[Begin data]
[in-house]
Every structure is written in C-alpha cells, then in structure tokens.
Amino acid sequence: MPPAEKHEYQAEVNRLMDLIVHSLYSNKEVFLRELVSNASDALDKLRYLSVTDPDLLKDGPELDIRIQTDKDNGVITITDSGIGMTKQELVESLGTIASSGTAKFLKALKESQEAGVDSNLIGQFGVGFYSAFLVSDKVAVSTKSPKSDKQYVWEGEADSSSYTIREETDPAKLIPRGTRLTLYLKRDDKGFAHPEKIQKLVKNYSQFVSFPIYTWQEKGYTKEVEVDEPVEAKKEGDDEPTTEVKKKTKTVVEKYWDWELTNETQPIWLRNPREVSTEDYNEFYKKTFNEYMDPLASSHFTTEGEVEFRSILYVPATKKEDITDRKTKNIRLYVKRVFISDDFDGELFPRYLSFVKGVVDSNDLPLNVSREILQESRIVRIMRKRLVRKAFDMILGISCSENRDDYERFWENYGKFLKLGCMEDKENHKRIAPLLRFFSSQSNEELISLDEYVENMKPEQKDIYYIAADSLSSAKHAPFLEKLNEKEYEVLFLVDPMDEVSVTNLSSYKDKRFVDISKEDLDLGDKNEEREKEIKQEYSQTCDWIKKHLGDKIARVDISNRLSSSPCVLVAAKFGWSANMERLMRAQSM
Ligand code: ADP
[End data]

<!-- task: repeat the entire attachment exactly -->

[in-house]
Every structure is written in C-alpha cells, then in structure tokens.
Amino acid sequence: MPPAEKHEYQAEVNRLMDLIVHSLYSNKEVFLRELVSNASDALDKLRYLSVTDPDLLKDGPELDIRIQTDKDNGVITITDSGIGMTKQELVESLGTIASSGTAKFLKALKESQEAGVDSNLIGQFGVGFYSAFLVSDKVAVSTKSPKSDKQYVWEGEADSSSYTIREETDPAKLIPRGTRLTLYLKRDDKGFAHPEKIQKLVKNYSQFVSFPIYTWQEKGYTKEVEVDEPVEAKKEGDDEPTTEVKKKTKTVVEKYWDWELTNETQPIWLRNPREVSTEDYNEFYKKTFNEYMDPLASSHFTTEGEVEFRSILYVPATKKEDITDRKTKNIRLYVKRVFISDDFDGELFPRYLSFVKGVVDSNDLPLNVSREILQESRIVRIMRKRLVRKAFDMILGISCSENRDDYERFWENYGKFLKLGCMEDKENHKRIAPLLRFFSSQSNEELISLDEYVENMKPEQKDIYYIAADSLSSAKHAPFLEKLNEKEYEVLFLVDPMDEVSVTNLSSYKDKRFVDISKEDLDLGDKNEEREKEIKQEYSQTCDWIKKHLGDKIARVDISNRLSSSPCVLVAAKFGWSANMERLMRAQSM
Ligand code: ADP